The only difficulty I had was cutting them. As you can see by the pictures, they aren’t all identical in size, and that’s due to my math skills (or lack thereof). I started cutting them ¾-inch thick, until I realized I wouldn’t be able to get 24 of that size, so I had to cut the rest of them smaller to make up for it. My preference is for a thicker biscotti, so it will hold up to being dipped in coffee, or wine, or even tea.
Other than that, they turned out just right. The texture was crisp and crunchy without breaking your teeth. The flavor was scrumptious, with the ginger playing off the orange, and a subtle hint of cardamom in every bite. These little treats are fun to give as gifts, and my friends were delighted. I’ve got to keep this recipe in mind come Christmas.
Orange, Ginger & Almond Biscotti
- 1½ c. all-purpose flour
- ¾ c. sugar
- 1½ t. baking powder
- ½ t. kosher salt
- ½ t. ground cardamom
- ½ c. almond meal
- 6 T. cold butter
- 1 c. blanched, slivered almonds, lightly toasted and roughly chopped
- ¼ c. candied ginger, finely diced
- 1 T. orange zest
- 1 egg
- 1 egg yolk
- 1 t. vanilla
- 3 T. whole milk
- 1 egg white
- 2 t. water
- 1 T. pearl sugar (optional)
- Preheat oven to 350°F. In the bowl of a stand mixer fitted with the whisk attachment, mix together flour, sugar, baking powder, salt, cardamom and almond meal. Add butter and mix until fine and powdery with no visible signs of butter. Add almonds, ginger and orange zest, and stir to combine.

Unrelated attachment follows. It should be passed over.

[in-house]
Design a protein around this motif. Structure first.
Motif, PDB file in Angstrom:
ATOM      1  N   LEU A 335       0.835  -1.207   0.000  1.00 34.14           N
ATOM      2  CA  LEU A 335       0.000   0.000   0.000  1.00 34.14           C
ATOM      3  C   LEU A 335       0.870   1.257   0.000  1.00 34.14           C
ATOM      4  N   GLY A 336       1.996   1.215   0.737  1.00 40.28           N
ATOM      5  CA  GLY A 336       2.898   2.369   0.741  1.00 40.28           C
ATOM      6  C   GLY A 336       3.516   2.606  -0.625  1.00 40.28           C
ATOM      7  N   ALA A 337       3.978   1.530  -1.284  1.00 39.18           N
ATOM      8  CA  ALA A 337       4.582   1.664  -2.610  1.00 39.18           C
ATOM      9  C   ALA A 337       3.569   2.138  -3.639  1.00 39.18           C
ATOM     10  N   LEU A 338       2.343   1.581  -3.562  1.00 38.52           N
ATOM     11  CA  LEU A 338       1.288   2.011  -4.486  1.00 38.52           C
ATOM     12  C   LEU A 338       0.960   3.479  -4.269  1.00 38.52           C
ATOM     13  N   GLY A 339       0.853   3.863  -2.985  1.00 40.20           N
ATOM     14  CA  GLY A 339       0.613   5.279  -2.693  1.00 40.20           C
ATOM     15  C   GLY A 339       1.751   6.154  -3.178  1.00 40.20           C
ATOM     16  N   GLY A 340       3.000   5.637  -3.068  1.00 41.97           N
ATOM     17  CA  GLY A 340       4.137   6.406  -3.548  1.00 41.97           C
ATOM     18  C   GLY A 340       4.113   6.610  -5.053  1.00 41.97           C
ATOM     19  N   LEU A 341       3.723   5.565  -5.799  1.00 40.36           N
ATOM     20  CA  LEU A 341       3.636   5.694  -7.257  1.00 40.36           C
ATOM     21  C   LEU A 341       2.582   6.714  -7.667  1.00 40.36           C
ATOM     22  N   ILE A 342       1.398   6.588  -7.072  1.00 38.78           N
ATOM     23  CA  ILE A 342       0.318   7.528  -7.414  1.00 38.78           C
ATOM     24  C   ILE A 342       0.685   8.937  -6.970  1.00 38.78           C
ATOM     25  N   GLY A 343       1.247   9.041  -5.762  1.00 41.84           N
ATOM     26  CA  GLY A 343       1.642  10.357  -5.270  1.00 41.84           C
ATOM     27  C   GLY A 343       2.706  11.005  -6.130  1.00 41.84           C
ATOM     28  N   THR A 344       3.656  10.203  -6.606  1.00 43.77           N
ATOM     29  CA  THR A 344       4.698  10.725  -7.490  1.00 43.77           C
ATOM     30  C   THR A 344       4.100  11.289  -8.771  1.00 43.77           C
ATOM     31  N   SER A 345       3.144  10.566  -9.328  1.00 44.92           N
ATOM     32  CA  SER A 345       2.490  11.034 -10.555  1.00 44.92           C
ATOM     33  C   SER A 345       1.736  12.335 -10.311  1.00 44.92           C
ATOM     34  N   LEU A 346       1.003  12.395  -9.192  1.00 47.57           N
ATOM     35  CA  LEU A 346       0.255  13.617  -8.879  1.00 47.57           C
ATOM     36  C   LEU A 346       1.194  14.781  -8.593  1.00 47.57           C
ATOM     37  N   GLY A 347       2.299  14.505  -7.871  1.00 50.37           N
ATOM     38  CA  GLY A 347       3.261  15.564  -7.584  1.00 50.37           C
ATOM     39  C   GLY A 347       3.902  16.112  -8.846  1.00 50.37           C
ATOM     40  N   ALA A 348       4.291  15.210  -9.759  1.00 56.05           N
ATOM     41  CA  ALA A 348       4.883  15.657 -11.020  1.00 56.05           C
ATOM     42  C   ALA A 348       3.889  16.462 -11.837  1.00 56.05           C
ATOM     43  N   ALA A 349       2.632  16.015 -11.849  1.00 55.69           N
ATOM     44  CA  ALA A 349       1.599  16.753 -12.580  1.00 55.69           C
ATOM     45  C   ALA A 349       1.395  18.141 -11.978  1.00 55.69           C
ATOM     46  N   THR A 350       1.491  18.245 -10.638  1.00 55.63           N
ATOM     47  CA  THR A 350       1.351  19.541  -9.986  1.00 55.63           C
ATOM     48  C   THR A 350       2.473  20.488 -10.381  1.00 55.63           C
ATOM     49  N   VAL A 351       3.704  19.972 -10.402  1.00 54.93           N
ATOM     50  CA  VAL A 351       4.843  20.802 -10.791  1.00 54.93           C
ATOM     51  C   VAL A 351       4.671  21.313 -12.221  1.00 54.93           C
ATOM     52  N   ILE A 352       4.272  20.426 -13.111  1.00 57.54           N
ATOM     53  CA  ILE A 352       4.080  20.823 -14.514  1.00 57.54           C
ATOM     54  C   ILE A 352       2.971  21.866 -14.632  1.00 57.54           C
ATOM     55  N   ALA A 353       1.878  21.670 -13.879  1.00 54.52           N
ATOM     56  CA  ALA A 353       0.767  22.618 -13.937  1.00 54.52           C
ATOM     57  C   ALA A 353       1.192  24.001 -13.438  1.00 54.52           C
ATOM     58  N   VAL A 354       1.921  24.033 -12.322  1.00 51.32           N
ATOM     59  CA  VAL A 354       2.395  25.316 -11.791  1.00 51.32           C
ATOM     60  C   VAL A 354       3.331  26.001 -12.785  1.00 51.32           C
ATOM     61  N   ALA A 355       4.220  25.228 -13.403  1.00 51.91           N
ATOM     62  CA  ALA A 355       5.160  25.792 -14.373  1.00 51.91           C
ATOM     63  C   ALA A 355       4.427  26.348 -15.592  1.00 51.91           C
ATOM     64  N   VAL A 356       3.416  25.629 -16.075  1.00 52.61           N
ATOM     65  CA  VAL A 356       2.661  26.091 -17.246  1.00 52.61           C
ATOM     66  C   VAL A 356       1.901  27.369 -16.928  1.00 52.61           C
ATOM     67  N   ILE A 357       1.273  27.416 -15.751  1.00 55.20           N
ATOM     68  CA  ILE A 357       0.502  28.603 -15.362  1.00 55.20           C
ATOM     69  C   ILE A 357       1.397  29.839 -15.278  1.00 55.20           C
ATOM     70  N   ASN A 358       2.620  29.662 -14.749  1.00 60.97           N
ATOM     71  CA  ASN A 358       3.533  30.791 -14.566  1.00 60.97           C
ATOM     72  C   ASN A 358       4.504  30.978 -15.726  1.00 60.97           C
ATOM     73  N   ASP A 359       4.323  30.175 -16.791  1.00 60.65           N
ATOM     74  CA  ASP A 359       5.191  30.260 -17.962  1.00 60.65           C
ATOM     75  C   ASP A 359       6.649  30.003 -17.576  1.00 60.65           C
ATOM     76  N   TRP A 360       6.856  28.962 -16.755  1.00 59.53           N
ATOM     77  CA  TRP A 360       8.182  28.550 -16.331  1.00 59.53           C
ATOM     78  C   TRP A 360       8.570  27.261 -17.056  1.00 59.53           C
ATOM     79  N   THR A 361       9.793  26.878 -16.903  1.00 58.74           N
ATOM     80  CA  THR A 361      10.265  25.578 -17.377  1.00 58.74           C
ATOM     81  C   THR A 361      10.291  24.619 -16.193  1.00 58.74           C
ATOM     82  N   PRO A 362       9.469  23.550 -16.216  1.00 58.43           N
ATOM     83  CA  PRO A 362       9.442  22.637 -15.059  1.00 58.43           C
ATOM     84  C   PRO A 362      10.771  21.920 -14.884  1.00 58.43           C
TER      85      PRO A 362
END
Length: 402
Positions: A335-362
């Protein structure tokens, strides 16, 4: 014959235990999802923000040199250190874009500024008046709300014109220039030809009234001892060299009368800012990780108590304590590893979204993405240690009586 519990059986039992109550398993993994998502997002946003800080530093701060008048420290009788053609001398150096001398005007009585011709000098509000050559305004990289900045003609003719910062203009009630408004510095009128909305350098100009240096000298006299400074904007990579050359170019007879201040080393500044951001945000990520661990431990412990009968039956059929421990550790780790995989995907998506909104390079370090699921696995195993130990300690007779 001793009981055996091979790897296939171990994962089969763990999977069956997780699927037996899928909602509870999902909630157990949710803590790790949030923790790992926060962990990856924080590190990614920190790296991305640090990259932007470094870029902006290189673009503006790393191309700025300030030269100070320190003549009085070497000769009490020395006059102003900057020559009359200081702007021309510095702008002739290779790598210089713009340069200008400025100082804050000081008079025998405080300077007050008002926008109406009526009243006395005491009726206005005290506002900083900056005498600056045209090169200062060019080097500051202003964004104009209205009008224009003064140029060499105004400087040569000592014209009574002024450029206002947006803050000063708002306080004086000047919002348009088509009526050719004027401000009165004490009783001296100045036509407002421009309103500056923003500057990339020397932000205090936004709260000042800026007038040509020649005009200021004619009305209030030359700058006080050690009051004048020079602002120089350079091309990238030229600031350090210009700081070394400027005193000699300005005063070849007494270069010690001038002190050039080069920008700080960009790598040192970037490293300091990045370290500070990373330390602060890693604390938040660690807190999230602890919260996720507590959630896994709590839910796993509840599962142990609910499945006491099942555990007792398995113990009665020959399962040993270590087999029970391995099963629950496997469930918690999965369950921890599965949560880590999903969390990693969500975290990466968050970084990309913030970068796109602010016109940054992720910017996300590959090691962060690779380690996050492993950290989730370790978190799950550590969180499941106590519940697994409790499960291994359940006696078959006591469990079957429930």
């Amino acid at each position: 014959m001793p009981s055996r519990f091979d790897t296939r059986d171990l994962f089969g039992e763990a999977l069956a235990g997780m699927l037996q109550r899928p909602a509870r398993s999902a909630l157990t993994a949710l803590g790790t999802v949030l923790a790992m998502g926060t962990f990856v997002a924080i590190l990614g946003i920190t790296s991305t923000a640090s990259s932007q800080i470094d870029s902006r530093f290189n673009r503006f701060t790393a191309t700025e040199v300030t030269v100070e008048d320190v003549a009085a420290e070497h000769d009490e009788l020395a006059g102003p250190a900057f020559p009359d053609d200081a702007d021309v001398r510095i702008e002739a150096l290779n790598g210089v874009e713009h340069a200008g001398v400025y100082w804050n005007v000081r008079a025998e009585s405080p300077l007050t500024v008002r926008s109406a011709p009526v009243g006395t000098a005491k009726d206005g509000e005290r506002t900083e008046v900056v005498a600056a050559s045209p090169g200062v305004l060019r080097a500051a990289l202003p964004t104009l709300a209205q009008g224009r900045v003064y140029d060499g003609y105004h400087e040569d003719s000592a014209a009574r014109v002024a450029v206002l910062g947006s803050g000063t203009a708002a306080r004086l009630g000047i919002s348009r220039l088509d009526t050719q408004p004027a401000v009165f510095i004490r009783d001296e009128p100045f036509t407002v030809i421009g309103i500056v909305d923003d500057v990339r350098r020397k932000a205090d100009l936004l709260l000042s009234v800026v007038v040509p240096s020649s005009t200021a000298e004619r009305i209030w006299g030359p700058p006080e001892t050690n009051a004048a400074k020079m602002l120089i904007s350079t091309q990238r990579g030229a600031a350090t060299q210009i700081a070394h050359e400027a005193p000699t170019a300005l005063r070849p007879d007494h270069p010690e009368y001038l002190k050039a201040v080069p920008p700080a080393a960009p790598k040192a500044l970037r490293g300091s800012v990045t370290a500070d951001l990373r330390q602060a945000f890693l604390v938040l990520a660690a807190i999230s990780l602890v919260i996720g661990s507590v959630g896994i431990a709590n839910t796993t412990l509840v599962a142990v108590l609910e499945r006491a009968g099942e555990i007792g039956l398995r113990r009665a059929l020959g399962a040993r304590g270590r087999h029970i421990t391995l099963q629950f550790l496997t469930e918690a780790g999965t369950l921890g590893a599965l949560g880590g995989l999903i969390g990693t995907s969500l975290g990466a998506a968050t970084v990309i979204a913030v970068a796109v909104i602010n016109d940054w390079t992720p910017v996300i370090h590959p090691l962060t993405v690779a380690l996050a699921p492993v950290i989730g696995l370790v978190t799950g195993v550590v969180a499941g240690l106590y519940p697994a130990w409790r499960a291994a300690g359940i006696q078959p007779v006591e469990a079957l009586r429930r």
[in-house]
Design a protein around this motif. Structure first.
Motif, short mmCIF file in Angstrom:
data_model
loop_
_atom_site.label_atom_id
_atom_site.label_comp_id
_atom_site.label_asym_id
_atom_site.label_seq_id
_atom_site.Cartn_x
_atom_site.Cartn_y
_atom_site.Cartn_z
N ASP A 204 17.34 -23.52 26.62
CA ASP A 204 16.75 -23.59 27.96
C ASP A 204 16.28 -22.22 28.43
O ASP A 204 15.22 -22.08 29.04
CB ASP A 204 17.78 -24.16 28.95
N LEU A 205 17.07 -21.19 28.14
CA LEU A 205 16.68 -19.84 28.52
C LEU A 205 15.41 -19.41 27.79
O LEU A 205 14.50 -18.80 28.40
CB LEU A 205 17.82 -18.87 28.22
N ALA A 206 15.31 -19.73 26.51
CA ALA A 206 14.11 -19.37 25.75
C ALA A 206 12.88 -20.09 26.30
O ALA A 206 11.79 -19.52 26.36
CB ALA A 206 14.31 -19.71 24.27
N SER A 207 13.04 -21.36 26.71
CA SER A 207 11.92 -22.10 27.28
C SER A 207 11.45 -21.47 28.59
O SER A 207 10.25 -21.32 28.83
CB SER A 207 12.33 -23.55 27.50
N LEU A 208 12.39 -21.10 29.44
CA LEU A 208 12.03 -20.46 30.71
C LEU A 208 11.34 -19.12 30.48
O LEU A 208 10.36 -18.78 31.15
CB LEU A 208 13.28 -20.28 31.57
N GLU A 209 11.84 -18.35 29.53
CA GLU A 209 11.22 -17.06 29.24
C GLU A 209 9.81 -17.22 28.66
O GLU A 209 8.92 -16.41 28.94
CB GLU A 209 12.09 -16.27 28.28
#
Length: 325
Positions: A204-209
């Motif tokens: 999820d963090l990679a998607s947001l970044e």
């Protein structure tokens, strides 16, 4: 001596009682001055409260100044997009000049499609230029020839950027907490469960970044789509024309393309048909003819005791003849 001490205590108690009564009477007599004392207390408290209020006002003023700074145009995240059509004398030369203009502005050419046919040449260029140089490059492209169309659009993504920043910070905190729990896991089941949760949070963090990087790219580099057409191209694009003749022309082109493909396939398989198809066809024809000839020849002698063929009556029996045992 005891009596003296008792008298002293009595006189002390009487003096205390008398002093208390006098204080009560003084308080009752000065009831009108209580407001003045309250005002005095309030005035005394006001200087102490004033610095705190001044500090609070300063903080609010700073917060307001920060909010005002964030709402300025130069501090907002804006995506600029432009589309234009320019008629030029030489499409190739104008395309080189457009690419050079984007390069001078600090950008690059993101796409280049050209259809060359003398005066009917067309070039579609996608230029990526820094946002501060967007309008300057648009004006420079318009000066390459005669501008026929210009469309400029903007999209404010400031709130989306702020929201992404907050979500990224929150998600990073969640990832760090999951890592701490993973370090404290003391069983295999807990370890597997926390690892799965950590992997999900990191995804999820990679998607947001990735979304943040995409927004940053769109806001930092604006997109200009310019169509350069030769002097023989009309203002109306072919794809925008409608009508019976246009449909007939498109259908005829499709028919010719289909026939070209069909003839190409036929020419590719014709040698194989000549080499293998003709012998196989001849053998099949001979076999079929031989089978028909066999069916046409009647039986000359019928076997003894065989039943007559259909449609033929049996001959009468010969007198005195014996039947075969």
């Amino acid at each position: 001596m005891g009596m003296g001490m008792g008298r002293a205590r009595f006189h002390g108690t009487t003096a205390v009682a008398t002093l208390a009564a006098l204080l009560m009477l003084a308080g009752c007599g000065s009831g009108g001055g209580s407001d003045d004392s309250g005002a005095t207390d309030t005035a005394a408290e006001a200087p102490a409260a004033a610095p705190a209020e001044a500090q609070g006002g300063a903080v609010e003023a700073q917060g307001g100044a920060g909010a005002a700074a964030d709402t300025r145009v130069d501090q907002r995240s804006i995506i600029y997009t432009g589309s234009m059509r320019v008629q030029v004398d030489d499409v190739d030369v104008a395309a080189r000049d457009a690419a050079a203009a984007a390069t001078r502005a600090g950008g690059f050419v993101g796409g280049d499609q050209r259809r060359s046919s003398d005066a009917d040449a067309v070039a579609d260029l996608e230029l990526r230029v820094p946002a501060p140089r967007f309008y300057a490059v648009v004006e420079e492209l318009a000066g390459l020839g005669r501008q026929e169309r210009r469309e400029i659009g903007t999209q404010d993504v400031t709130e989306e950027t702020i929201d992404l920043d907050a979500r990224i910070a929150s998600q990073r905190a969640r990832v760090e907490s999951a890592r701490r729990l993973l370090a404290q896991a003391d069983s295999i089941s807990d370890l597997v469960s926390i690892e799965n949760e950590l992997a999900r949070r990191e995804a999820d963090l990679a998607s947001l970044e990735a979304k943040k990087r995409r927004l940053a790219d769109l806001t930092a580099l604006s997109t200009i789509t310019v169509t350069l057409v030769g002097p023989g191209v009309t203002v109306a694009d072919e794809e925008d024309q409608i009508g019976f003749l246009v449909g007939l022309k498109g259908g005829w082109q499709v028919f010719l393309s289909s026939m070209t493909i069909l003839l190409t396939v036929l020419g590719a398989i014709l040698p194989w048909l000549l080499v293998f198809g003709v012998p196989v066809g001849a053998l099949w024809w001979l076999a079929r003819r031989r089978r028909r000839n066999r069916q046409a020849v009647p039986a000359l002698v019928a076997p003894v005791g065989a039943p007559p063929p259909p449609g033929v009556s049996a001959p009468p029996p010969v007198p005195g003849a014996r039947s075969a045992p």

- In a separate bowl, whisk together the egg, egg yolk, vanilla and milk. Switch mixer to the paddle attachment and, while the mixer is running, slowly pour egg mixture into flour mixture, mixing just until dough comes together.
- Turn dough out onto a lightly floured surface and knead until it is uniform and smooth. Divide into two pieces and roll each into a log about 12 inches long. Logs should be lightly coated with flour to keep them from sticking. Slide each log onto a separate baking sheet lined with a silicone mat or parchment paper. (TIP: If you have two silicone mats, you could form each log on its own mat, then simply slide the mats onto baking sheets and slip them in the oven.) Bake in preheated oven for 20-30 minutes until golden and firm to the touch.
- Remove from oven and transfer to a cooling rack to cool for at least 20 minutes. Reduce oven temperature to 300°F.
- When logs are cool enough to handle, whisk egg white with 2 teaspoons water and brush onto the top of both logs, then sprinkle with pearl sugar. Cut each log into ½-inch diagonal slices with a sharp serrated knife. Place slices back onto the lined baking sheets and bake 10-15 minutes until just crisp. (TIP: If you choose to cut your biscotti thicker than ½ inch, like me, they will need to bake a few minutes longer.) Allow biscotti to cool on the baking sheets. They will stay fresh in an airtight container for several weeks.